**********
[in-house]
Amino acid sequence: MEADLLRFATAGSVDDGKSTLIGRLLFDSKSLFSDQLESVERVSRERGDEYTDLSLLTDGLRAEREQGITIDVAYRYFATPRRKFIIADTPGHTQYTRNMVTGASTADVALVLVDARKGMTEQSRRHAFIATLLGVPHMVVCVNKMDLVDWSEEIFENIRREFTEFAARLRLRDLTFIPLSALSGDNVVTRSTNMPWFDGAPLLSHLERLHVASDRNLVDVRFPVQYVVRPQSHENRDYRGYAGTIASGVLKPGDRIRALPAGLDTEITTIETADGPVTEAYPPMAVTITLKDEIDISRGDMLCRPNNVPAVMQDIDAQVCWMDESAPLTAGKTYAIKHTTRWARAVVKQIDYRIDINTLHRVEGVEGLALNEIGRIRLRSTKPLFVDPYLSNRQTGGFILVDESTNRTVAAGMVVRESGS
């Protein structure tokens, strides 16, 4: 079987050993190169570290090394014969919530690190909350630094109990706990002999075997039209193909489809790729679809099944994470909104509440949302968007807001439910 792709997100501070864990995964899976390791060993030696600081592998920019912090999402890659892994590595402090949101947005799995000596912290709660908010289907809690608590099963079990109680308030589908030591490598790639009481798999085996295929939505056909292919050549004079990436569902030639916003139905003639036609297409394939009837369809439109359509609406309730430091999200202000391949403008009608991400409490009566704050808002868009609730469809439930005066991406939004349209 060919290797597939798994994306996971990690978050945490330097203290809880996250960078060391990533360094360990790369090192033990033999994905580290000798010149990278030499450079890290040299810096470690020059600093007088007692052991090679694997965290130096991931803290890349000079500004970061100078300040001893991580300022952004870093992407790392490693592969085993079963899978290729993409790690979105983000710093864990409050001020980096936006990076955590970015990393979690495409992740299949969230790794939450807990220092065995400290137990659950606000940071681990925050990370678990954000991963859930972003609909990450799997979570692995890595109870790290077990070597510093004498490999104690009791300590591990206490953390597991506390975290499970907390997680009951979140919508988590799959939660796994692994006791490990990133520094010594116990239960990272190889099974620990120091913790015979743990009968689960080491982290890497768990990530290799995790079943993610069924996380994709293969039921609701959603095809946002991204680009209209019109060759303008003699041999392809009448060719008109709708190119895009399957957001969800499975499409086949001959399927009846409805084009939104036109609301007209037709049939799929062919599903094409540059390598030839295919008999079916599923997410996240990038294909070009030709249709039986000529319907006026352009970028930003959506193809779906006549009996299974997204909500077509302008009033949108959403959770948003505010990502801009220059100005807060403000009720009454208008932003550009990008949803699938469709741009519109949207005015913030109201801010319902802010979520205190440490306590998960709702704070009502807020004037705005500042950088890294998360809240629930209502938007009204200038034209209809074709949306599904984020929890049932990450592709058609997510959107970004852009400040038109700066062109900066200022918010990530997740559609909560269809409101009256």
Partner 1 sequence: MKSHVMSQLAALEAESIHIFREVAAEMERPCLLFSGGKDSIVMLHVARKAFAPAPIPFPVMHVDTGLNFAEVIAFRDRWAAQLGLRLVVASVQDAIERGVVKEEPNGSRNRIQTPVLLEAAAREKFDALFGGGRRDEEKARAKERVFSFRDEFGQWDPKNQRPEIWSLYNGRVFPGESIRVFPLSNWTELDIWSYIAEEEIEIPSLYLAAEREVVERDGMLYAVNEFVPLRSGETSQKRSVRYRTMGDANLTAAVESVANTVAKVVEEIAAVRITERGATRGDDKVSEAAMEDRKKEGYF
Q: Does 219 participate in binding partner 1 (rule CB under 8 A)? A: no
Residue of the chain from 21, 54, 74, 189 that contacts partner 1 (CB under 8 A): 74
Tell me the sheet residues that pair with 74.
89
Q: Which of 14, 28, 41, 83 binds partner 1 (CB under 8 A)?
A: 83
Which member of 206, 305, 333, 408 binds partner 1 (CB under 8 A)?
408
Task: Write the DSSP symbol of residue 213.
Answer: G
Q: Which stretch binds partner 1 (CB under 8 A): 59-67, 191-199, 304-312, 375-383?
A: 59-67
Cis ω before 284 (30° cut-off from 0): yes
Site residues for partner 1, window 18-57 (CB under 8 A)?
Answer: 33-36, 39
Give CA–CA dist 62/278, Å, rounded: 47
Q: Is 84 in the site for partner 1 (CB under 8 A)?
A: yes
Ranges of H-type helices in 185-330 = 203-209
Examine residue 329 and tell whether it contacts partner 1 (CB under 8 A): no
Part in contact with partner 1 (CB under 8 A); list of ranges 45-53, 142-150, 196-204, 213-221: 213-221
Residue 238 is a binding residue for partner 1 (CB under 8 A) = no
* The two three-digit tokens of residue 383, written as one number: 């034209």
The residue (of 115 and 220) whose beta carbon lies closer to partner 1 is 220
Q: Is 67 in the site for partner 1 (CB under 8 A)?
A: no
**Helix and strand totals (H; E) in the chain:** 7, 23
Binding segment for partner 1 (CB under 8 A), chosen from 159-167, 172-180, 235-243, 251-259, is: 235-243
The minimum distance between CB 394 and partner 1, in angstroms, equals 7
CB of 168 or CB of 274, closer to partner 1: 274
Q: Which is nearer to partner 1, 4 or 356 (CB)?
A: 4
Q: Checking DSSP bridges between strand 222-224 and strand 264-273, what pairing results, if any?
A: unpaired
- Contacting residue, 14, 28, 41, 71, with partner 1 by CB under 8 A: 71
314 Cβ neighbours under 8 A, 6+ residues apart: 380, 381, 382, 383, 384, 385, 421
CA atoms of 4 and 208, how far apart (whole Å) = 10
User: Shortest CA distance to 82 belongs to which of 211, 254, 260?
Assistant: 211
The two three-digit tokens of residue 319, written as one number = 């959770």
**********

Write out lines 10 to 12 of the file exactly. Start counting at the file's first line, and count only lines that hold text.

A: 83
Which member of 206, 305, 333, 408 binds partner 1 (CB under 8 A)?
408